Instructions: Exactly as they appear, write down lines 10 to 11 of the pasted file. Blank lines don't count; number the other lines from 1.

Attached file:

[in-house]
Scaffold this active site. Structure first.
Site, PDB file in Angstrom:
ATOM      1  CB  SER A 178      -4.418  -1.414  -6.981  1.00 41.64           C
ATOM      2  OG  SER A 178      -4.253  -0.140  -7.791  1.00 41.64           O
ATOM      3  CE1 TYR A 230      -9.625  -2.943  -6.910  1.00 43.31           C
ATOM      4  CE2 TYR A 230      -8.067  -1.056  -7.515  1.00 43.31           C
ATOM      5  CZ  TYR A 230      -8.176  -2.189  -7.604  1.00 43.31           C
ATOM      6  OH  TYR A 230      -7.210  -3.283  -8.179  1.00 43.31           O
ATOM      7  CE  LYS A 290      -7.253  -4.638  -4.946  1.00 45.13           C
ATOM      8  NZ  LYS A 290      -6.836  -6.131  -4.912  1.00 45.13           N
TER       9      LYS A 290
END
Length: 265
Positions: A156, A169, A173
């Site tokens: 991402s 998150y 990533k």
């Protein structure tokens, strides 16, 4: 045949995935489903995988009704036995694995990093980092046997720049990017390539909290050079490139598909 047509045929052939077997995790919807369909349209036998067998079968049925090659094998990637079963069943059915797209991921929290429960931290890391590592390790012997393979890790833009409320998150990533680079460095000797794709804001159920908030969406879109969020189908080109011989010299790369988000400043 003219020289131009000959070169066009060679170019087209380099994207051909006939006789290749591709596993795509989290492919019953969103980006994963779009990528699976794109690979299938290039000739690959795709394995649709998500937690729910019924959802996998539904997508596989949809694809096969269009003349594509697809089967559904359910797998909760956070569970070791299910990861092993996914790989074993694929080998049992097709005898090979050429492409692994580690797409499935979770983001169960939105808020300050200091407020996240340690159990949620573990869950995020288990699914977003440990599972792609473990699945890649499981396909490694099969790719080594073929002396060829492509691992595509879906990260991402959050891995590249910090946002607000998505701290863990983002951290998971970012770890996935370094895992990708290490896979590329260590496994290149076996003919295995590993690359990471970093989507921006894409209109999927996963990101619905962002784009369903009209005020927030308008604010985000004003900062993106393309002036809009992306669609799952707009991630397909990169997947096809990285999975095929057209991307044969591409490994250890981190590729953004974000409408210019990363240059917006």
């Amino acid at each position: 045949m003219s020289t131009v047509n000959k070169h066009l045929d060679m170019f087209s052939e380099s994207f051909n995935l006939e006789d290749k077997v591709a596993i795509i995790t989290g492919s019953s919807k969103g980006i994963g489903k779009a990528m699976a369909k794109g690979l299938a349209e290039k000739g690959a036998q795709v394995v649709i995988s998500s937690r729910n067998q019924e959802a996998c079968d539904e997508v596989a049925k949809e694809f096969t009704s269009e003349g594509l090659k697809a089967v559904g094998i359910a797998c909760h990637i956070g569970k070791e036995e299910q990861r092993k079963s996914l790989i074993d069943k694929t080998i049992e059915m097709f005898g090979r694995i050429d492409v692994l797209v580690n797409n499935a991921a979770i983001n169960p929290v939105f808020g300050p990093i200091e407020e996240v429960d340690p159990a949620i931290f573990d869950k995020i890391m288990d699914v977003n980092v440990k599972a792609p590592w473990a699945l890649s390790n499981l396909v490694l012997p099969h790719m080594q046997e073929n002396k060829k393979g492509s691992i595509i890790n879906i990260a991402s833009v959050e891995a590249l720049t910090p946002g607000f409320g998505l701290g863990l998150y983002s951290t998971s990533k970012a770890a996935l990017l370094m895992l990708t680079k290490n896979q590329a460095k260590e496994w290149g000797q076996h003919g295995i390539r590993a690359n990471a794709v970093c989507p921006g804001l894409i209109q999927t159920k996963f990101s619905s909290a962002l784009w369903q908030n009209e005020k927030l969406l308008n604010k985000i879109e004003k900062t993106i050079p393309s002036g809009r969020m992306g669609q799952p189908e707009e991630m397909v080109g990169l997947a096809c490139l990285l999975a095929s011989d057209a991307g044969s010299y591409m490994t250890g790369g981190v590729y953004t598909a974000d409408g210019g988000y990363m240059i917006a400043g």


ATOM      7  CE  LYS A 290      -7.253  -4.638  -4.946  1.00 45.13           C
ATOM      8  NZ  LYS A 290      -6.836  -6.131  -4.912  1.00 45.13           N